I’m not your typical romantic. For example, when my wife and I were dating, she looked at me across the table once and said, “Travis, you make me so happy.”
My response? “No, my love. I create an environment in which your happiness is the most likely outcome.”
I’ll never have a career writing Hallmark cards, but this outlook has served me well in helping cities drive growth through entrepreneurship.
Cities — like relationships — become great when a certain set of conditions are created in which people can flourish. If you establish an environment where people are empowered to launch innovative businesses, your city will become an innovation hub before you know it.
Big Companies Are Sexy, but Startups Are Sustainable
Many municipalities I’ve worked with think they need to flutter their eyelashes at Fortune 500 companies to cultivate business growth. But while Fortune 500s make headlines and create instant jobs, they’re not always the best bets for long-term growth. Instead, innovative cities should be looking to grow their own Fortune 500s.
People often overlook or, worse yet, look down on startups. After all, in the early stages, they’re not major sources of employment and don’t generate much tax revenue. However, a community that promotes entrepreneurship is likely to be passionate, idea-driven, and full of talent — three things cities need in order to grow.
And startups usually stick around their home city to mentor future generations. According to the National Business Incubator Association, 84 percent of companies that graduate from an incubator or accelerator stay in the local market. This homegrown approach, when used right, can become a city’s innovative advantage.
Case Study: Philadelphia
Over the past few years, Philadelphia has proved that nurturing the right environment can help a city create sustainable business growth. The City of Brotherly Love has 5,100 tech companies fueled by a broad network of startup resources and 13,000 STEM degrees awarded annually by area colleges and universities.
This innovation surge is not a coincidence. Philadelphia’s leaders and institutions have worked hard to cultivate rich ground for innovation and entrepreneurship. Philly’s universities have strong research links with corporations and local business research and development. In addition, the corporate venture community is active and supportive, viewing startup investment as a key part of its strategy. The city’s modest cost of living means that capital goes further than it would in other big metros.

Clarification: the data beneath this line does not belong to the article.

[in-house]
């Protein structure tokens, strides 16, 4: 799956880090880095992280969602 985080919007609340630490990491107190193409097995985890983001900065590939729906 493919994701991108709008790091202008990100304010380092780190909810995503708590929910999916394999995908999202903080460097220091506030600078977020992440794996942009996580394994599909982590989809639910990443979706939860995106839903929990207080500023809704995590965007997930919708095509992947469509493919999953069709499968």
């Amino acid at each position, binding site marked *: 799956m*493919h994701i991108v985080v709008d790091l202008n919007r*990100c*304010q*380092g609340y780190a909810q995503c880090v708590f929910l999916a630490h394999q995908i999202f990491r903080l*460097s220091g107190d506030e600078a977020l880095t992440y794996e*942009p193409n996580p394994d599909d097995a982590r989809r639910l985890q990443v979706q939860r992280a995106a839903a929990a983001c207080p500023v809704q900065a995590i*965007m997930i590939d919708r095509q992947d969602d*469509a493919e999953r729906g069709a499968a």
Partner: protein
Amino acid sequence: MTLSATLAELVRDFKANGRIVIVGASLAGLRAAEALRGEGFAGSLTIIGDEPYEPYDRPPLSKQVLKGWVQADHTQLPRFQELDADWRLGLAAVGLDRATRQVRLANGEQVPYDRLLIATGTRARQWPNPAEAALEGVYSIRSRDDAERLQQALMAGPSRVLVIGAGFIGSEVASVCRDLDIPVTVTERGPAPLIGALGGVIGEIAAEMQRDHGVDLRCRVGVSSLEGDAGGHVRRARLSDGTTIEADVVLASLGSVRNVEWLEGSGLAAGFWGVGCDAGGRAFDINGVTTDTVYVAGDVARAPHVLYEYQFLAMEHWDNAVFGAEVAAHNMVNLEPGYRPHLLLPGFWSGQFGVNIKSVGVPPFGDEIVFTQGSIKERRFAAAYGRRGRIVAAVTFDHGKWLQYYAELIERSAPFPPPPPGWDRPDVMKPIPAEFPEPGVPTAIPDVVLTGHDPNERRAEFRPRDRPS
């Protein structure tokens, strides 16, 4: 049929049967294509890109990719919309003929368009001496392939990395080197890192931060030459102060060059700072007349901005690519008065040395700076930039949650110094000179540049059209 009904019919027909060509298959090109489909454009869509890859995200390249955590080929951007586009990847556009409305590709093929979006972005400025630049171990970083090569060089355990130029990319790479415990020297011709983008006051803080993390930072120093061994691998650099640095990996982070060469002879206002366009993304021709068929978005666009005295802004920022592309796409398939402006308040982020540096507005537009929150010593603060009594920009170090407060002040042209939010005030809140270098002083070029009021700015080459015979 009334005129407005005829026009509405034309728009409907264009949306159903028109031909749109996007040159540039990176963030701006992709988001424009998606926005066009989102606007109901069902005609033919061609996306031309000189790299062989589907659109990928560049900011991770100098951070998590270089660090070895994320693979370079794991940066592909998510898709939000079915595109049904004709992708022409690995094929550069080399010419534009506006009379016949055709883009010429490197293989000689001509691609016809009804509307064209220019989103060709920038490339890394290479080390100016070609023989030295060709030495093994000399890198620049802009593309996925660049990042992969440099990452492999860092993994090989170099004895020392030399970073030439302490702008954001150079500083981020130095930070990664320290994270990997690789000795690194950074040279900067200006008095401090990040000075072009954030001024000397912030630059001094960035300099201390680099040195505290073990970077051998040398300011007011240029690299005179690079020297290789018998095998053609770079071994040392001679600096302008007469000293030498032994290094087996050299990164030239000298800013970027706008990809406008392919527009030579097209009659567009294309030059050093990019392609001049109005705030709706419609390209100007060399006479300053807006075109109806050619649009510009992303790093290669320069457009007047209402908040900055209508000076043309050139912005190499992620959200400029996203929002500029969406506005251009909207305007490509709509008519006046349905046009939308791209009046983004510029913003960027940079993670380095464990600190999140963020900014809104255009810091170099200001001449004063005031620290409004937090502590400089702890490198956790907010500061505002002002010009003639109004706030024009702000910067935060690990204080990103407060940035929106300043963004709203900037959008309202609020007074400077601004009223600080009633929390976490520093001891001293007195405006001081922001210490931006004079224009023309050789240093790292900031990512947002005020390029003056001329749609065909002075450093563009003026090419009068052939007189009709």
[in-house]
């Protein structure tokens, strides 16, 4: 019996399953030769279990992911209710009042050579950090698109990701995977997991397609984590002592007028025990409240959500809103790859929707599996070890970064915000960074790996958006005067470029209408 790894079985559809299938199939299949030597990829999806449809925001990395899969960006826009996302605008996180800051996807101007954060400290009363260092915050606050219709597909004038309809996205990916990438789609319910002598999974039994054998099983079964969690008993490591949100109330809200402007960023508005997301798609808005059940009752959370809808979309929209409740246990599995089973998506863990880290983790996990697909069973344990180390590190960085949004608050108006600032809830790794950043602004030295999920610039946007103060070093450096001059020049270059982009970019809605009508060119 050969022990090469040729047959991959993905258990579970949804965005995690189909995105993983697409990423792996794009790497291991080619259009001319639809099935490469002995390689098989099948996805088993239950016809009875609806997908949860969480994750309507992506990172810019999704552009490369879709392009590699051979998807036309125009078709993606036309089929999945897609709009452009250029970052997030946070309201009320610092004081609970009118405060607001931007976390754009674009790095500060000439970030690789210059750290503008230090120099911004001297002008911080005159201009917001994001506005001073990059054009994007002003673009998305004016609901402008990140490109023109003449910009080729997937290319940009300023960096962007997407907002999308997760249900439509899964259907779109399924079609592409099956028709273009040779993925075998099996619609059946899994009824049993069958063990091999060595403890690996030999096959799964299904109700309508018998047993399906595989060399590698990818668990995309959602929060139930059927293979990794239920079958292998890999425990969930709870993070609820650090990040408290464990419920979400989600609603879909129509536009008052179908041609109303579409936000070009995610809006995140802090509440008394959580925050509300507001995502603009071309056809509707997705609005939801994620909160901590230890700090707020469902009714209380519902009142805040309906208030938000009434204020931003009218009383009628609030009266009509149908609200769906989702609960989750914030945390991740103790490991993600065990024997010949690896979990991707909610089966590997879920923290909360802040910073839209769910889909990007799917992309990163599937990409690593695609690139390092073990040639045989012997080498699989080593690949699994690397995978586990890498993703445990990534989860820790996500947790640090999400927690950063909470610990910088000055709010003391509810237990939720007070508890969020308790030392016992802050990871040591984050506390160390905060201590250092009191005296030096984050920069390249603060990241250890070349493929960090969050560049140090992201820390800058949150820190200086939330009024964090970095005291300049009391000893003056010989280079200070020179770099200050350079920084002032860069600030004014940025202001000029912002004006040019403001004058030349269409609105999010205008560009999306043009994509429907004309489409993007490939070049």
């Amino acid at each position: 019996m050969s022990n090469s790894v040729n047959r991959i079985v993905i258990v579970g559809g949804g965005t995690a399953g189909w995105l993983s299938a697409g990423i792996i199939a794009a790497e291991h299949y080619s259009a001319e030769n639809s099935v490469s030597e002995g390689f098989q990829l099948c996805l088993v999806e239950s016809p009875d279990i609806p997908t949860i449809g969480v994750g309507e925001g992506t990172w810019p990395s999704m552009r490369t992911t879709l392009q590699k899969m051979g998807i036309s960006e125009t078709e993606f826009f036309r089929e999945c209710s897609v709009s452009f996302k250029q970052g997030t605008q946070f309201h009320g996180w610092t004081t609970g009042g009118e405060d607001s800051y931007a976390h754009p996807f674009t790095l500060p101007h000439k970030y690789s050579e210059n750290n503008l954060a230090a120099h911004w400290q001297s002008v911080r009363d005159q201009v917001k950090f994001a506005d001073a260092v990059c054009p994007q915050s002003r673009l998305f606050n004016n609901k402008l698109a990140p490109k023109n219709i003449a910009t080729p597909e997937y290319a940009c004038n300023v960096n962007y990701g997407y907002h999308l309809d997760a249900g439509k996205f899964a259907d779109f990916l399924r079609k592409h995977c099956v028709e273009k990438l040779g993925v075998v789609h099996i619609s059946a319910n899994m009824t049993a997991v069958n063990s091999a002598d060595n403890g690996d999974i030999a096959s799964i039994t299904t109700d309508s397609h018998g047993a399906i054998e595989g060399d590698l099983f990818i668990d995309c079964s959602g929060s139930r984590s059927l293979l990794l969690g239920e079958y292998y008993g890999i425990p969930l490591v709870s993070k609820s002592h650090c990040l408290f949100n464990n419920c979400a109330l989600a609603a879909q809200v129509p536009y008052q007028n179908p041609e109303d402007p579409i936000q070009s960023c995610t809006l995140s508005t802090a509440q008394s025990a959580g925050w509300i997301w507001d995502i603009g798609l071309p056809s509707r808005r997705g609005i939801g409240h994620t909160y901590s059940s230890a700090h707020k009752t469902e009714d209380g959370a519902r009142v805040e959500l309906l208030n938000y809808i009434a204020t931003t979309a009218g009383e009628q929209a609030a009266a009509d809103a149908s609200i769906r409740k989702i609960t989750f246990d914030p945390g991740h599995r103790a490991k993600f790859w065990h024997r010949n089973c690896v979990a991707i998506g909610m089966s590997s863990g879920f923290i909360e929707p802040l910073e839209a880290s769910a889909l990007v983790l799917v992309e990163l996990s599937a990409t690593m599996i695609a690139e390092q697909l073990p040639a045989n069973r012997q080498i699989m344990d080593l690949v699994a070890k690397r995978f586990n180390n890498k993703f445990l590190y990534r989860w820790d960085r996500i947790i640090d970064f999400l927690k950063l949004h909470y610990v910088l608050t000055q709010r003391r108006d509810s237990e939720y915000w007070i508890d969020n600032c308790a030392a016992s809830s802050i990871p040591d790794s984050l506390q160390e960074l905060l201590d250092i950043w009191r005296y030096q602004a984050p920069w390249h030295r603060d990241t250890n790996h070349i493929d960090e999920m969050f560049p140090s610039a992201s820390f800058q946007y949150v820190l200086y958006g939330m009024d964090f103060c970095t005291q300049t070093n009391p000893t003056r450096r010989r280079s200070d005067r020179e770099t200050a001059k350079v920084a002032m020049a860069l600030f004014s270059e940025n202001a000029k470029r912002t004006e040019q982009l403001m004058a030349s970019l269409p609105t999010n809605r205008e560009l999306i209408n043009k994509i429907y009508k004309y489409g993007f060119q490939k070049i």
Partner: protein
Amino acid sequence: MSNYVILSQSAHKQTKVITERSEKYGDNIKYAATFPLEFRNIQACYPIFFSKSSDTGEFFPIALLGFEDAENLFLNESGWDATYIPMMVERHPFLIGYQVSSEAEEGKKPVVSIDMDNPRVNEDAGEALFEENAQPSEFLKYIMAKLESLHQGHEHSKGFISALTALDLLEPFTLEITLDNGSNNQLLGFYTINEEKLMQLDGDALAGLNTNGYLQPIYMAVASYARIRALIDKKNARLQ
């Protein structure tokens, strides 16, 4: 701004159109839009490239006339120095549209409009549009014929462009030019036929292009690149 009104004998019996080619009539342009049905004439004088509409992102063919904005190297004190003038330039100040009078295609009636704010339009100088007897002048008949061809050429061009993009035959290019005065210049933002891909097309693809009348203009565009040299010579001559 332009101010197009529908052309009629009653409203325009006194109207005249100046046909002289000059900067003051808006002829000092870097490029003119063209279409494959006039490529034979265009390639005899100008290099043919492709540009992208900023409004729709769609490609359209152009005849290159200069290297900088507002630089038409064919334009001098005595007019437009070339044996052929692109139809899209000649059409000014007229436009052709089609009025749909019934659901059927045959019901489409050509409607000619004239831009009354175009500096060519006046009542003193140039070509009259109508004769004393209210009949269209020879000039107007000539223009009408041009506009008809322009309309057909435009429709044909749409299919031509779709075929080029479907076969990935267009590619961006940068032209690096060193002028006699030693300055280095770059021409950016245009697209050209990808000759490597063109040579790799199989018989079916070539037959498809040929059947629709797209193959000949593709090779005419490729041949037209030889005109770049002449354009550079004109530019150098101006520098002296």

As an East Coast city in a Rust Belt state, Philadelphia could have easily suffered from an identity crisis in business development. Instead, its leaders connected the raw materials of innovation and made them widely available to entrepreneurs. Now, business in Philadelphia grows like wildflowers.
5 Ways to Foster Entrepreneurial Energy in Your City
Start building an environment where entrepreneurship and innovation are the most likely outcome with the following five tips:
1. Create a culture of “trying local.”
Turn your citizens into early adopters and beta testers; it will give them a sense of community pride when they realize they’re improving products in their area. Cities can make this happen by presenting residents with opportunities to pilot new innovations and technologies, giving startups a ready-made fan base.
2. Take startups seriously.
Sure, if you drop a major manufacturing plant down in your city, a bunch of new jobs will accompany it. But it’s often a one-time gain. If you want job creation that keeps growing, the startup sector will serve you best. To do this, create programs that reward promising startups after they stick around and contribute to the local economy.
3. Inspire startups to solve local problems.
Look for ways to engage the innovation community with the unique challenges facing your city. Forming public-private partnerships to tackle local problems can be a strong approach in generating goodwill and cooperation from your city’s startup community. Not to mention, there’s a chance you’ll develop some innovative ideas in the process, too.
4. Surrender control.
As a city leader, it can be tempting to try to force the change you want and block the change you want to avoid. The reality is that you’ll never be able to anticipate all potential shifts in the market, and adopting restrictive policies risks scaring off innovators. Instead, city leaders are better off using a light touch. Carry this through by encouraging businesses to share responsibility in crafting a long-term economic vision.
5. Be a better you.
Philadelphia created an entrepreneurial environment by being a better version of itself — not by pretending to be Boston, New York, or San Francisco. Build on your city’s strengths, and ask progress-minded questions: Are we better today than we were yesterday? Are we better this year than last? Small, manageable improvements are the first step toward sustainable growth.
Recruit a Fortune 500 company, and you’ll create jobs for a day; help nurture successful startups, and you’ll create jobs for the foreseeable future. It can feel uncomfortable to put energy and resources into the startup world, but innovation lives in that uncertain space between failure and success. To truly foster long-term growth, cities should focus on creating an environment in which success is the most likely outcome. Feel free to use that line in your love life, too.